New Mexico Governor Praises Oil Industry For Opportunities Associated Press

Gov. Michelle Lujan Grisham is highlighting the oil industry's role in underwriting public education and soliciting its help in developing new state regulations for methane emissions.

The first-year Democratic governor told an audience at the annual meeting of the New Mexico Oil and Gas Association that her Cabinet secretaries for environmental and oilfield regulation are there to work for people in the energy sector.

Lujan Grisham outlined an all-of-the-above energy strategy and said her proposal for tuition-free public college is made possible by a booming oil sector.

New Mexico state government is increasingly reliant on surging income from the oil and natural gas sectors amid record-setting petroleum production in the Permian Basin that overlaps the southeast of the state and West Texas.

Report: New Mexico State Sees Jump In Rapes, Drug Cases - KVIA-TV, Associated Press

A new report says violent crimes are increasing at New Mexico State University.

KVIA-TV in El Paso, Texas, reports that the university's 2019 Annual Security Report showed reported rapes on campus quadrupled in a year. The report says between 2017 and 2018, reported rapes went from 3 to 12.

In addition, drug abuse cases spiked from 65 to 107 during the same period. The report says liquor law violations jumped from 75 to 114.

New Mexico State University Police Chief Stephen Lopez says officials don't believe crimes are increasing but that more victims are coming forward to report crimes.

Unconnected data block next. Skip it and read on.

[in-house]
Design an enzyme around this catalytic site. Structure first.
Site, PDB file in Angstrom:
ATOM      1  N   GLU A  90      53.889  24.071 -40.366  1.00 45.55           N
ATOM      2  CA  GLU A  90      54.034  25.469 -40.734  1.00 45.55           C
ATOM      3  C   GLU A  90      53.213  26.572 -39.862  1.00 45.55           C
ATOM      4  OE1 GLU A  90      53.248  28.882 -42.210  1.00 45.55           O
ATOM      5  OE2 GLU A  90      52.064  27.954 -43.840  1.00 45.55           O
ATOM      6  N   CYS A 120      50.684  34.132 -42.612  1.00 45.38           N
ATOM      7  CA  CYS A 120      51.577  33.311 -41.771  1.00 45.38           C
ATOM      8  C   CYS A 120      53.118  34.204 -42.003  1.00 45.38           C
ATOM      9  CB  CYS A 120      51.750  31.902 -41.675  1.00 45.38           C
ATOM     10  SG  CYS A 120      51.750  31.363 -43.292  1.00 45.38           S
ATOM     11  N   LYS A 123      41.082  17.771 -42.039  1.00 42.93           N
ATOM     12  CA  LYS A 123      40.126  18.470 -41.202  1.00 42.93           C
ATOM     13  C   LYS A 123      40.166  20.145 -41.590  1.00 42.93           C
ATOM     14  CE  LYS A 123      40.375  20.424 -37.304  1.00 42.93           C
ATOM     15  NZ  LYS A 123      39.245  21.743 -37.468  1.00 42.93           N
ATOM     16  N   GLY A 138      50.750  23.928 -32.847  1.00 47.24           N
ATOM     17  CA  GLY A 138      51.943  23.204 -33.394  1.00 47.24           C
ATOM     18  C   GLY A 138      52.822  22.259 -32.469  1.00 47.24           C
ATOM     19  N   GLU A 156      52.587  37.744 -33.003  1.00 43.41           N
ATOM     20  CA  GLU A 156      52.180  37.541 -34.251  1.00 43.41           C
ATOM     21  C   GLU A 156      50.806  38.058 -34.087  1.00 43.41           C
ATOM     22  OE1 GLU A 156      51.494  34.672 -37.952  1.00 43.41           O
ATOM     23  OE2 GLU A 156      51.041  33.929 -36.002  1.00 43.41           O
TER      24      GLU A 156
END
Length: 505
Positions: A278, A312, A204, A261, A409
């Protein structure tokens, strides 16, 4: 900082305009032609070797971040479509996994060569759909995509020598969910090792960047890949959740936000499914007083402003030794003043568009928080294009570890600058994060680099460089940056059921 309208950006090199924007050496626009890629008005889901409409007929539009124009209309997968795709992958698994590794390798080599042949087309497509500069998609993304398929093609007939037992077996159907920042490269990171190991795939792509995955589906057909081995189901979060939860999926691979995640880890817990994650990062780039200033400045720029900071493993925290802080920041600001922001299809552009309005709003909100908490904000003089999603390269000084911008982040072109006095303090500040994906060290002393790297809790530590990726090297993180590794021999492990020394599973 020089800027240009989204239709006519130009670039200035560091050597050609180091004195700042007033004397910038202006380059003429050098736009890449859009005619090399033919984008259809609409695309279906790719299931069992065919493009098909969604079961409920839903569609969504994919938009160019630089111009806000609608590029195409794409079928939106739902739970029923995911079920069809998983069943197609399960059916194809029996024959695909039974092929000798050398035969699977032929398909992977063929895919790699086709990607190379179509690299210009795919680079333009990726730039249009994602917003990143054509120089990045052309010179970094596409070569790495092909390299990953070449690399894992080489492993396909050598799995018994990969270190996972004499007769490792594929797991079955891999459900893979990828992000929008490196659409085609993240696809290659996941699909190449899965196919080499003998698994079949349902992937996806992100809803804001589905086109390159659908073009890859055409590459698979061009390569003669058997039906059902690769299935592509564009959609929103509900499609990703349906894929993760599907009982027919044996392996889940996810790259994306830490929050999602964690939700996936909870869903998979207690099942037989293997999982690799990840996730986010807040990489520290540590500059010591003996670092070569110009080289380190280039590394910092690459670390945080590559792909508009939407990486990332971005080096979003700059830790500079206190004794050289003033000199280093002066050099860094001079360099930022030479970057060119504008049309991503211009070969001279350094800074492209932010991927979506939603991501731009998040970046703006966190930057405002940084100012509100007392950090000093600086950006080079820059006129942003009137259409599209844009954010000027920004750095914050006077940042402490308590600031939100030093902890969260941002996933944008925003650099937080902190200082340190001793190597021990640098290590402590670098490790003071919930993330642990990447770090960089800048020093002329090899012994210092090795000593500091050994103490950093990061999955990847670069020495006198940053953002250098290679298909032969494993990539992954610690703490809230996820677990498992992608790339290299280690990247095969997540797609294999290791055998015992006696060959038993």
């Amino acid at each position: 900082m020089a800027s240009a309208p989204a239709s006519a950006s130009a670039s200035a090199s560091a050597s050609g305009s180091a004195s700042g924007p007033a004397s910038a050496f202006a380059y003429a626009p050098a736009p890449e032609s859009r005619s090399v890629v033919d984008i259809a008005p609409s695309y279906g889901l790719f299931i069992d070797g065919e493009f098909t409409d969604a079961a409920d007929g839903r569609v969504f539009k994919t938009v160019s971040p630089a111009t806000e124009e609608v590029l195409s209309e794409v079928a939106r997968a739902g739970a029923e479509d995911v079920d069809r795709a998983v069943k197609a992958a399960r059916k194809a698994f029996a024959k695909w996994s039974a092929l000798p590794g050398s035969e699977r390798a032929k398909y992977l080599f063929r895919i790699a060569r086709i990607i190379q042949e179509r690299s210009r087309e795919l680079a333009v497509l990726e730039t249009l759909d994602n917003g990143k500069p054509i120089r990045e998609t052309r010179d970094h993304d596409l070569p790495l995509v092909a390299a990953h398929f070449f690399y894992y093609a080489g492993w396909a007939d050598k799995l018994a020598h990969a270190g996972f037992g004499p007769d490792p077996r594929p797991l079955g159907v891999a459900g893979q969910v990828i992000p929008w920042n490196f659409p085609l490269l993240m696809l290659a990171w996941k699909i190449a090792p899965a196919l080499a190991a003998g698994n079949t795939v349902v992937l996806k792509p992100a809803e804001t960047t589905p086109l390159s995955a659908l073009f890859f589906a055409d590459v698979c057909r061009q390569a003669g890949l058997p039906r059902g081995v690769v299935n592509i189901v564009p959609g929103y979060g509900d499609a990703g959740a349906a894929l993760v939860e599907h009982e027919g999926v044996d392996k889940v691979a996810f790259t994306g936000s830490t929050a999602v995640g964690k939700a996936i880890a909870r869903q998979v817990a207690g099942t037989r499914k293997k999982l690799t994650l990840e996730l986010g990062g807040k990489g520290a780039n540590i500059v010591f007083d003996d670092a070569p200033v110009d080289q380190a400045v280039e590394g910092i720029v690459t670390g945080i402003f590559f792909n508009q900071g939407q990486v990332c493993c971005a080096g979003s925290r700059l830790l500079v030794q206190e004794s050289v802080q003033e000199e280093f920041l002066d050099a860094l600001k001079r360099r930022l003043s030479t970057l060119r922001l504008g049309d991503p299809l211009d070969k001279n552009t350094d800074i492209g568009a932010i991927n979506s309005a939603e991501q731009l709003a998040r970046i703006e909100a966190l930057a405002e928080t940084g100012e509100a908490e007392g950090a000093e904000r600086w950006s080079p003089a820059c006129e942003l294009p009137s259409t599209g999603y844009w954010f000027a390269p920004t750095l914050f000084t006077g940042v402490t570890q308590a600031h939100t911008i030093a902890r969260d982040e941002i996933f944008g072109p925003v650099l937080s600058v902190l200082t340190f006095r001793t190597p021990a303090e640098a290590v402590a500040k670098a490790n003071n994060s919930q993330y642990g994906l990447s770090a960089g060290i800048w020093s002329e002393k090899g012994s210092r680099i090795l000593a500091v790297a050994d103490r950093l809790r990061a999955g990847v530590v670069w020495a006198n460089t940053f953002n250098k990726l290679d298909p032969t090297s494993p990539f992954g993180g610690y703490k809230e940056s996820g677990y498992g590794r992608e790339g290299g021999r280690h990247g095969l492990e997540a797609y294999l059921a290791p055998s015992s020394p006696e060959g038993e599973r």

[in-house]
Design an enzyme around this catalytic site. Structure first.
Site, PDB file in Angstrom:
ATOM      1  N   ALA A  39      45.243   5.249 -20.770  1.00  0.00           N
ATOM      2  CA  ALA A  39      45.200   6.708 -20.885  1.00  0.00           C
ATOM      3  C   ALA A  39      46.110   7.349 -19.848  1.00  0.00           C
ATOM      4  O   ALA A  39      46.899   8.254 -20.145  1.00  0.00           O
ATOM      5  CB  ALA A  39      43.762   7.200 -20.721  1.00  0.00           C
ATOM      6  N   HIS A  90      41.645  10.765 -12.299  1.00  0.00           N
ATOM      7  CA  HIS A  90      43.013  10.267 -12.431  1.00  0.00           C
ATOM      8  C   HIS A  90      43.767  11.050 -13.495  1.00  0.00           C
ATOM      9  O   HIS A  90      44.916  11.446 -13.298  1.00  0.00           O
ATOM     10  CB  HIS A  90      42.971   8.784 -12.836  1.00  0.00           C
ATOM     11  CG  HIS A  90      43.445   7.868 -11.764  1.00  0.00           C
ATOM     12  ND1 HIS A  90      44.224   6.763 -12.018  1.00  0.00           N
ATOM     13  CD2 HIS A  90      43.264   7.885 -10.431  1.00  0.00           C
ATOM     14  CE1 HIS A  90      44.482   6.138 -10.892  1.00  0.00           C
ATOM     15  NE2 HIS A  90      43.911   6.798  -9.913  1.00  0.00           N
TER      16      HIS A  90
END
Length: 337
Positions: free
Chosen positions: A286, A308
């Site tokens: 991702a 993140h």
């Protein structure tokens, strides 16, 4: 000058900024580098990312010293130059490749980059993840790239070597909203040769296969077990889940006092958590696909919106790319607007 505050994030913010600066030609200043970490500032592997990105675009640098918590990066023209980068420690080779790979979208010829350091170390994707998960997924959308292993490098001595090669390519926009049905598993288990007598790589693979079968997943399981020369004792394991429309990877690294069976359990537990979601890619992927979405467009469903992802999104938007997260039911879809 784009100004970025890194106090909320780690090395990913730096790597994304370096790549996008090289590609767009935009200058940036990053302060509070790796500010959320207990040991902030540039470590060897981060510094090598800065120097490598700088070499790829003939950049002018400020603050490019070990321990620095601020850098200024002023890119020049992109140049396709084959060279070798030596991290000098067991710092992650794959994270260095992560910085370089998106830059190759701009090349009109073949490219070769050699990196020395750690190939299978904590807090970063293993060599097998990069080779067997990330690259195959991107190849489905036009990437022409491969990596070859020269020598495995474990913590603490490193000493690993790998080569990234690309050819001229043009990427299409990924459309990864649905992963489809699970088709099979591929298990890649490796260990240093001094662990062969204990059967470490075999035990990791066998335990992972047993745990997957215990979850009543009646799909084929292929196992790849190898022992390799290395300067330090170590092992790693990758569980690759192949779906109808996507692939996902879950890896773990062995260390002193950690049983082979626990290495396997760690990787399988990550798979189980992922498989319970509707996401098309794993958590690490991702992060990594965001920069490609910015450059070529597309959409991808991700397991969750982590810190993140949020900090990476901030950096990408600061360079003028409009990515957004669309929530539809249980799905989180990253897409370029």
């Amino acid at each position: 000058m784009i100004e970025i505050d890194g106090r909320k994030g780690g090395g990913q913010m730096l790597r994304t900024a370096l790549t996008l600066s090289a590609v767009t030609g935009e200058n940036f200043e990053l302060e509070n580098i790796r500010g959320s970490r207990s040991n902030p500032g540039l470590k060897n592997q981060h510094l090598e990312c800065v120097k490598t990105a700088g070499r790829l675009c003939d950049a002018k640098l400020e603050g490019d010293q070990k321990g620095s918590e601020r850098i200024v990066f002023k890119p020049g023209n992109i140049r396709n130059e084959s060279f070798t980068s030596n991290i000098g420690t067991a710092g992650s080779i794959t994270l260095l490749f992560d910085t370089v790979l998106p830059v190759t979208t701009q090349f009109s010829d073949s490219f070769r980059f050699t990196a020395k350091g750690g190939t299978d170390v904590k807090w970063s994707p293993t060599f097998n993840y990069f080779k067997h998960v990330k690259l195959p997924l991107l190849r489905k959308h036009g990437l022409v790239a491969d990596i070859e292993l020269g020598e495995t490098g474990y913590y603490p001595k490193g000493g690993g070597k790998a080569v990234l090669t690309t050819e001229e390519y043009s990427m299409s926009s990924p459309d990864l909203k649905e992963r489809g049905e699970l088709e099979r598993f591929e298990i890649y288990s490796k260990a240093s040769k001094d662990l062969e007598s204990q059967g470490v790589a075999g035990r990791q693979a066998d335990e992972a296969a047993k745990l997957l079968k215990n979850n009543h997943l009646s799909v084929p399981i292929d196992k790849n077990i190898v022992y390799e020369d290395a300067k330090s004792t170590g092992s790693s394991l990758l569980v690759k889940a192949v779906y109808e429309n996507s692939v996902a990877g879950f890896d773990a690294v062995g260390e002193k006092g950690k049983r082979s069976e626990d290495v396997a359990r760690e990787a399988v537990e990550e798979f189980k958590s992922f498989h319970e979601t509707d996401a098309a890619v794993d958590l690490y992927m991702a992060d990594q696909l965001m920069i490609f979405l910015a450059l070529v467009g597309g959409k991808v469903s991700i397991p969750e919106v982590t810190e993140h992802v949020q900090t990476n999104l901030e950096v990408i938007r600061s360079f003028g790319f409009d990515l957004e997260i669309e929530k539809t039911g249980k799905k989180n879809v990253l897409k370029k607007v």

Udall Says Dems Will Need To 'Blow It' To Lose New Mexico In '20 - By Russell Contreras Associated Press

Democratic U.S. Sen. Tom Udall of New Mexico says Democrats would have to "really blow it" to lose the nation's most Hispanic state to President Donald Trump in 2020.

Udall told The Associated Press last week Democrats still have a strong advantage over Republicans in New Mexico next year. But he says the GOP is expected to work hard to capture the state and Democrats should be ready for a fight.

Last month, Trump visited Rio Rancho and vowed to win the state in the presidential election. Republicans haven't won the southwestern state since 2004.

Udall says the Democratic nominee will need a robust ground game and get-out-the-vote operation in New Mexico to counter the Republicans' expected spending in the state.

Officials: 18 Small Fires In Carson Forest Caused By People - Albuquerque Journal, Associated Press

Officials say 18 small fires discovered burning near each other in the Carson National Forest last week were caused by people.

The Albuquerque Journal reports U.S. Forest Service is still investigating the exact cause of the fires, which collectively are being called the Maton Fire.

A soaking rain on Friday helped firefighting crews contain the blaze, keeping them more than 80% contained by the weekend.

Carson National Forest spokeswoman Denise Ottaviano says investigators found 18 points of ignition, and it will take time to determine the cause for each one.